The FBI reported that threat actors behind Ranzy Locker ransomware had targeted and compromised at least 30 U.S.-based companies from several industry sectors so far this year.
Ranzy Locker Targeting Critical Infrastructure
The hacking group operating Ranzy Locker ransomware reportedly hit at least 30 U.S. organizations from critical industries such as the construction, information technology, and transportation subsectors.
“Unknown cybercriminals using Ranzy Locker ransomware had compromised more than 30 US businesses as of July 2021,” the FBI said in a TLP: WHITE flash alert.
“The victims include the construction subsector of the critical manufacturing sector, the academia subsector of the government facilities sector, the information technology sector, and the transportation sector.”
The alert was released in coordination with CISA and offers essential information that could help security experts prevent and improve defenses against ransomware attacks.
The majority of victims reported that the threat actors hacked into their systems by brute-forcing Remote Desktop Control (RDP) credentials.
Other victims told the FBI that the cybercrooks exploited weaknesses in Microsoft Exchange servers or used credentials harvested in phishing campaigns.
The Ransomware Attack’s Mechanisms
Much like any other ransomware group, once the Ranzy Locker attackers infiltrate the victim’s network, they will also steal unencrypted files before encrypting systems on corporate networks.
The stolen documents contain highly sensitive data, such as customer information, PII (personally identifiable information), and financial records. The attackers then leverage them to pressure victims into paying the ransom to get their files back and prevent their confidential data from being published online.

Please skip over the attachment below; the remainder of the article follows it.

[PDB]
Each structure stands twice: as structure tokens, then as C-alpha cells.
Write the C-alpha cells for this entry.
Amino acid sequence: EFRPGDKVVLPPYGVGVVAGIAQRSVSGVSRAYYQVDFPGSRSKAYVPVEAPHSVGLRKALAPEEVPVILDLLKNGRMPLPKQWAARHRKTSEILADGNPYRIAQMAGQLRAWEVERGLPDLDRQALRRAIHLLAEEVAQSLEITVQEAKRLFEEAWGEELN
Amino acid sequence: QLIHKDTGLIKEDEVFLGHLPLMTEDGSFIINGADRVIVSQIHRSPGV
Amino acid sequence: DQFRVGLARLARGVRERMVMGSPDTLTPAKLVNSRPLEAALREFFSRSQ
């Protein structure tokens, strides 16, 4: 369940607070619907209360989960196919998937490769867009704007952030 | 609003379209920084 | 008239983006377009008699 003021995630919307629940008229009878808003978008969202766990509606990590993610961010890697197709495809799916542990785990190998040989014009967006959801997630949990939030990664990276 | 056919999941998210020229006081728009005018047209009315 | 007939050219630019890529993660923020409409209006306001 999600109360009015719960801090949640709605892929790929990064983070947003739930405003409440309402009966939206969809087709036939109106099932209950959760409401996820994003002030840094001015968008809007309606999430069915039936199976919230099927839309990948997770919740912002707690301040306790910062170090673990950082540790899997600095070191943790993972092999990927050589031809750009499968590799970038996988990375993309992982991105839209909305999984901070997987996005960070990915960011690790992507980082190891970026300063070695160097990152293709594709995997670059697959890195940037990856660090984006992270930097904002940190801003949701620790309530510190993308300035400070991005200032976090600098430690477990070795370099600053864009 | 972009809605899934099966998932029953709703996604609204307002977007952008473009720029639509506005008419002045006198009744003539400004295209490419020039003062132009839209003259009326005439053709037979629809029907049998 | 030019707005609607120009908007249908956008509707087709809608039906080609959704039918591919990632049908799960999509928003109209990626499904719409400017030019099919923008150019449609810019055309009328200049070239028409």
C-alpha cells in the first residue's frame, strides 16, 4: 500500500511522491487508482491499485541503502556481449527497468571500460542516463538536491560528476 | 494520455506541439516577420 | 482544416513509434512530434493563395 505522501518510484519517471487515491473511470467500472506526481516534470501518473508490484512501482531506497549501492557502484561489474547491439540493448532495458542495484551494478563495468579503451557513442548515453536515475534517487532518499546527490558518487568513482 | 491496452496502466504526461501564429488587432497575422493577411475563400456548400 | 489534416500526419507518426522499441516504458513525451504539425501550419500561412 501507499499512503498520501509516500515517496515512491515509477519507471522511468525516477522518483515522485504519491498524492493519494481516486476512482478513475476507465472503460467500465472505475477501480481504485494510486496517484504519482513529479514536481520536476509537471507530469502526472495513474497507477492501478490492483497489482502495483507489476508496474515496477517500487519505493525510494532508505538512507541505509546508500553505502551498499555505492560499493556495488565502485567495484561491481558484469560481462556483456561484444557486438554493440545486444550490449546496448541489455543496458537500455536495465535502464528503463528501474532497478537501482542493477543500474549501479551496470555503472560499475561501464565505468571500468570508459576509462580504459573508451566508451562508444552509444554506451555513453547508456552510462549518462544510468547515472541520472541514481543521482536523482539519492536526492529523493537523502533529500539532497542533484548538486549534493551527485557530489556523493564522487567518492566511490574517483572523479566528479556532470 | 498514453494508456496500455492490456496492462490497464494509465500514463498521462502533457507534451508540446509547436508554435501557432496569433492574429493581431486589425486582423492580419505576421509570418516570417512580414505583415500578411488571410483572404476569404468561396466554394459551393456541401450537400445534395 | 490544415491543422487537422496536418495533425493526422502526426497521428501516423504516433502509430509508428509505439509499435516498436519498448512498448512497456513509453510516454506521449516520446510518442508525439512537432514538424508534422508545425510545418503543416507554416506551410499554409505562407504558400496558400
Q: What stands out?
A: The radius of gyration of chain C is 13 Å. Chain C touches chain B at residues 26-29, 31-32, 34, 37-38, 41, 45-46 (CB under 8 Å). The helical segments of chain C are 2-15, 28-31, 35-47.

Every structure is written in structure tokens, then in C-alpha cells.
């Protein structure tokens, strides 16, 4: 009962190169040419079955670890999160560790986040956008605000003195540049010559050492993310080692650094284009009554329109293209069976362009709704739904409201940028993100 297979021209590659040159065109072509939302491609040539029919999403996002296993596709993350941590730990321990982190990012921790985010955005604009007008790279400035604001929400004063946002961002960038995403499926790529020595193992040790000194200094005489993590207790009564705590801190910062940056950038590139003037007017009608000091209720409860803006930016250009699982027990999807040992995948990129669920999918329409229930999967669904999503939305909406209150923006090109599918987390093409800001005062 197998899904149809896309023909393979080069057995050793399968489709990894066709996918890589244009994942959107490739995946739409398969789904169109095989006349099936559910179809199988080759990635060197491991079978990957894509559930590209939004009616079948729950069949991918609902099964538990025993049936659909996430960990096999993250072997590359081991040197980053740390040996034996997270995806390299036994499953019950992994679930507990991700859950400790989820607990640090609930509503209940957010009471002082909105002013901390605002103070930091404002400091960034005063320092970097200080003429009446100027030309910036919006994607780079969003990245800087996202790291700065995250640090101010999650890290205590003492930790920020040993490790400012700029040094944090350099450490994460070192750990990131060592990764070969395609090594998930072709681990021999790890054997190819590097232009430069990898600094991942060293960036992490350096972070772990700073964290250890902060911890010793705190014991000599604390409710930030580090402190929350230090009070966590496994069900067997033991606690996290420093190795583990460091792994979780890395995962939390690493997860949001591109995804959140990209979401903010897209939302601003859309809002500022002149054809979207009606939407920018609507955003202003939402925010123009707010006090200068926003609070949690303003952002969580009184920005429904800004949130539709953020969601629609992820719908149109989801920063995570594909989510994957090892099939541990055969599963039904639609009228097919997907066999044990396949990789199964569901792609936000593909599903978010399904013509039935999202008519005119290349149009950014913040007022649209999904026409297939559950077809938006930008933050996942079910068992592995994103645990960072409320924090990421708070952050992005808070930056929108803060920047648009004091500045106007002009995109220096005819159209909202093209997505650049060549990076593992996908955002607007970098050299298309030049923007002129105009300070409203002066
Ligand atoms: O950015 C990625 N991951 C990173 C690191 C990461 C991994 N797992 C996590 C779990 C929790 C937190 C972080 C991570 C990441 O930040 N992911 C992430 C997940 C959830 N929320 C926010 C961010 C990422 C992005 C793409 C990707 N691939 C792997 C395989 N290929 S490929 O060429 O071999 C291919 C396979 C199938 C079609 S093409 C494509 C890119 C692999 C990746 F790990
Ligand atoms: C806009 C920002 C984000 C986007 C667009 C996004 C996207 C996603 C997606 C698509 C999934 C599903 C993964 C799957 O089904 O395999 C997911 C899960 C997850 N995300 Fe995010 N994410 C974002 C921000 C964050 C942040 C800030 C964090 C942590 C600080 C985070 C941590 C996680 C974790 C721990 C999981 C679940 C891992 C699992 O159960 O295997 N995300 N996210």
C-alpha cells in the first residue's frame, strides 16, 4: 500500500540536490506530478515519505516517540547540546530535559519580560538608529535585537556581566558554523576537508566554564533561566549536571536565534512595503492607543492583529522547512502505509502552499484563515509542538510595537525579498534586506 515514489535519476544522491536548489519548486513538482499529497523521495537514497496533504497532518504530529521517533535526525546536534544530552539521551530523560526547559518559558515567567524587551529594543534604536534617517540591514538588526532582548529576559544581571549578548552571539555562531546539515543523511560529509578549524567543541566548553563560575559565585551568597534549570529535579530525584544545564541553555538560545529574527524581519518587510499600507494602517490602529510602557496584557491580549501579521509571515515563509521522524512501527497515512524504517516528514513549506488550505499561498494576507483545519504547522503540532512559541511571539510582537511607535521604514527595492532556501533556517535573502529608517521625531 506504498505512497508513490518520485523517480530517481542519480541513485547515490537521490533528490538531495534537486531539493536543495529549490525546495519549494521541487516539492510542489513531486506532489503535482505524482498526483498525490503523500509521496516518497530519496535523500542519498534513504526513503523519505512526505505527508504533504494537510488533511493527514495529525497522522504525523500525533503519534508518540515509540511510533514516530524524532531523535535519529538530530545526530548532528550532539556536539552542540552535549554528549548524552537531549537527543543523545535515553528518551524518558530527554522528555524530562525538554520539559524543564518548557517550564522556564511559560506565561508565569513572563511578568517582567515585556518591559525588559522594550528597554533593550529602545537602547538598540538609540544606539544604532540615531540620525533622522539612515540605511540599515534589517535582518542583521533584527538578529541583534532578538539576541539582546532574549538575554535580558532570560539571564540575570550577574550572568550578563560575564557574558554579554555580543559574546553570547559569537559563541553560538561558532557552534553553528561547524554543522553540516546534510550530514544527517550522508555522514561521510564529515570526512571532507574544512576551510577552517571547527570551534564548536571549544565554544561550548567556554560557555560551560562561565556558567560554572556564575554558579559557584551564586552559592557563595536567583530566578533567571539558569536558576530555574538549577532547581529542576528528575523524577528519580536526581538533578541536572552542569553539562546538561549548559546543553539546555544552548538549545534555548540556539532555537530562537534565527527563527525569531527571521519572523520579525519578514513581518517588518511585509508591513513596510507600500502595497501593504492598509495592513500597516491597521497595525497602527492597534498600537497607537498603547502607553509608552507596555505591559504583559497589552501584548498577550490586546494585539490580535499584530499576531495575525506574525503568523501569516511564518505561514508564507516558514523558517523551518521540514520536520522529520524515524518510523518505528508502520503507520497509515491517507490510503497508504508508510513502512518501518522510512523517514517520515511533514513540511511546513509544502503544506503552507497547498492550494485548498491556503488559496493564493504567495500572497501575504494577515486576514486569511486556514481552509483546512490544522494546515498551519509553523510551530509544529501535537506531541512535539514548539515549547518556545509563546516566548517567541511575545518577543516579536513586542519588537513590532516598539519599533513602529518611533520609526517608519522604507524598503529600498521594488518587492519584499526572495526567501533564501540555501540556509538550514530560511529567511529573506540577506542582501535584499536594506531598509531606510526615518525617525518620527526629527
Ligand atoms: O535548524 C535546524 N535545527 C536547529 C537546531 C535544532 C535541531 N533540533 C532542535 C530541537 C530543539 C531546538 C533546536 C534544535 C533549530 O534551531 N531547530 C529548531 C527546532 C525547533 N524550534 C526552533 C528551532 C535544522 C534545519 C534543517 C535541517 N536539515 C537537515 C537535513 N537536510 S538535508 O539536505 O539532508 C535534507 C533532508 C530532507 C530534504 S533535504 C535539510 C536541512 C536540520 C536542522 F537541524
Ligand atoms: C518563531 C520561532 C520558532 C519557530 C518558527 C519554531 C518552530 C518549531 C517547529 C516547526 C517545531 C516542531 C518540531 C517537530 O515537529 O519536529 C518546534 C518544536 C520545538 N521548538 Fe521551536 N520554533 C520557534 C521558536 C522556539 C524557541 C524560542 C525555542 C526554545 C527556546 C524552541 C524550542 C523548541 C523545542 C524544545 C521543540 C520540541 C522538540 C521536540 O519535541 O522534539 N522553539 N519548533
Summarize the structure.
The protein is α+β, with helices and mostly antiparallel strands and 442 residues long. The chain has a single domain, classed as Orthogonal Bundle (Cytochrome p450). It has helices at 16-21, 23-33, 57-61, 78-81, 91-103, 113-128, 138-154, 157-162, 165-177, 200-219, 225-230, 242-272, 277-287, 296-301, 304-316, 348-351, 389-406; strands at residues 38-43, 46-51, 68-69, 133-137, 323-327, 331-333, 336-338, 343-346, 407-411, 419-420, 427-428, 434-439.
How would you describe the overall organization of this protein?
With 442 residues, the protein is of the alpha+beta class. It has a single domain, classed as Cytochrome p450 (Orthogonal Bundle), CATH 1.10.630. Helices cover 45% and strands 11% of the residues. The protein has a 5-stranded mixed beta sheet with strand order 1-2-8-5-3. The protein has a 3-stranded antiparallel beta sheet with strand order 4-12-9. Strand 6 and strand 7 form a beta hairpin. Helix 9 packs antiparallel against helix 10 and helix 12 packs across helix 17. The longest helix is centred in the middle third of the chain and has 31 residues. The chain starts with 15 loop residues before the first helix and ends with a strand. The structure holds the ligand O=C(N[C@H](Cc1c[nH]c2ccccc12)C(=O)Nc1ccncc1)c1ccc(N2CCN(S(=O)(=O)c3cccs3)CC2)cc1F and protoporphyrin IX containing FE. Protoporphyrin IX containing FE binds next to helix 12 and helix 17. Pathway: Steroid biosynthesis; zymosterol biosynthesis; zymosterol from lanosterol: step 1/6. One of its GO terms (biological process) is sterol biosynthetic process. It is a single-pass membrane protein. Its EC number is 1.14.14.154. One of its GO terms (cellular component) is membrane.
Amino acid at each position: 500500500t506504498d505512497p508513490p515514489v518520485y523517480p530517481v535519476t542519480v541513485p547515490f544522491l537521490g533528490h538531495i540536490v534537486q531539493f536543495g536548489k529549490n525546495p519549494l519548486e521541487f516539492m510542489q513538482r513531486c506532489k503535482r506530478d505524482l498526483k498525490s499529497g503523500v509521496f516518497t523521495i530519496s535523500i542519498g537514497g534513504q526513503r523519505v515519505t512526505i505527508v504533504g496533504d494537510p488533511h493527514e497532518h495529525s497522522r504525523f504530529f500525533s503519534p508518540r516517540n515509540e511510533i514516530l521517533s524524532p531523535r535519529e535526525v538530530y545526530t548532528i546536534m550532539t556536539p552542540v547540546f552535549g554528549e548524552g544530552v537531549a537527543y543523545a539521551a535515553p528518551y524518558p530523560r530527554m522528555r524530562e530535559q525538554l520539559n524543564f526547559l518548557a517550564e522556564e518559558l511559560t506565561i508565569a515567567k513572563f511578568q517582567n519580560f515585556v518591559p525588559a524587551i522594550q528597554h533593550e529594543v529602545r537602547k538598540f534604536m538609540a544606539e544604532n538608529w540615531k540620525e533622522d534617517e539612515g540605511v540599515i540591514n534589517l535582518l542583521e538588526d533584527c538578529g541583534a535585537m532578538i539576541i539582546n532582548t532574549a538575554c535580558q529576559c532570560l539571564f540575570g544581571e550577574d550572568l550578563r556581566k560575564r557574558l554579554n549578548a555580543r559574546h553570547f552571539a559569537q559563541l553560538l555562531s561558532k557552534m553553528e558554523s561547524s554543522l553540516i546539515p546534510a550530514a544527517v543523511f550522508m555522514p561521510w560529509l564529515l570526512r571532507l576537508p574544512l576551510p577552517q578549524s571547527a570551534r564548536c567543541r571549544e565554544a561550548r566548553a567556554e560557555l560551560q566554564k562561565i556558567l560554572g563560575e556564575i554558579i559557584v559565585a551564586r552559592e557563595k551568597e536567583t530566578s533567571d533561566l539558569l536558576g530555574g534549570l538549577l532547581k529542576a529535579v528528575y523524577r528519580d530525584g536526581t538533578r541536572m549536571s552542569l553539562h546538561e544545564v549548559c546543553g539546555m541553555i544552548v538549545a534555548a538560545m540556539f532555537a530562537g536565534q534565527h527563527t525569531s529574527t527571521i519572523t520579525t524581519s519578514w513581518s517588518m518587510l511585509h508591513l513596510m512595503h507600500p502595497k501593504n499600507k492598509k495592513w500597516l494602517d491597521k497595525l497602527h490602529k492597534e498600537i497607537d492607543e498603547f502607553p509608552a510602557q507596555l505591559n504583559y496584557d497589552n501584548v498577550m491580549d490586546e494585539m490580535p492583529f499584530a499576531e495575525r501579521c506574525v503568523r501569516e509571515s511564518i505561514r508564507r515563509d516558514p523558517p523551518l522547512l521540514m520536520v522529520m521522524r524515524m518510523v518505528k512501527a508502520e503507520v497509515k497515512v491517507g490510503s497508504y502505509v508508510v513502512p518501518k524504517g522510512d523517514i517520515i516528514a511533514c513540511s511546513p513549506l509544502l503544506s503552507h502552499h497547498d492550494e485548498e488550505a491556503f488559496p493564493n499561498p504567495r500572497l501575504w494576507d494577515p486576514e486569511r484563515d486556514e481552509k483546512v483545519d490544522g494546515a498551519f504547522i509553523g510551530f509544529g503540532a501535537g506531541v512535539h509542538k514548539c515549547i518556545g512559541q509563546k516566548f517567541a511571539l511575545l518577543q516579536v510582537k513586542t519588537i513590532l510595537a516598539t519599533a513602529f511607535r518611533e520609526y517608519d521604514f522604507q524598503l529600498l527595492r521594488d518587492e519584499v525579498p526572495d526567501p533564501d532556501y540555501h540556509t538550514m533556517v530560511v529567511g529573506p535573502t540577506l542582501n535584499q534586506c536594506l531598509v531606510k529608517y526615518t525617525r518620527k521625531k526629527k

The threat actors will offer to negotiate with victims on a Tor payment website displaying a ‘Locked by RanzyLocker’ message and a live chat screen.
They will also allow victims to decrypt three files for free to prove that the decryptor that they are about to purchase really works and can restore their files.
If the victim fails to pay up, they will have their stolen information published on Ranzy Leak, the cybercriminal group’s leak website.
The leak site uses the same domain as the former Ako Ransomware, as part of the gang’s rebranding from Ako to ThunderX, and lastly, Ranzy Locker.
The ThunderX ransomware scheme was launched in late August 2020. In just a month, cybersecurity researchers found flaws in its encryption and created a free decryption key.
Not long after, the ransomware group fixed the weaknesses and released a new version of their ransomware strain, called Ranzy Locker.
FBI’s flash alert also contains technical information on tactics used by the threat actors, recommendations, indicators of compromise, and YARA rules to spot and prevent these malicious attempts.
BleepingComputer FBI: Ranzy Locker ransomware hit at least 30 US companies this year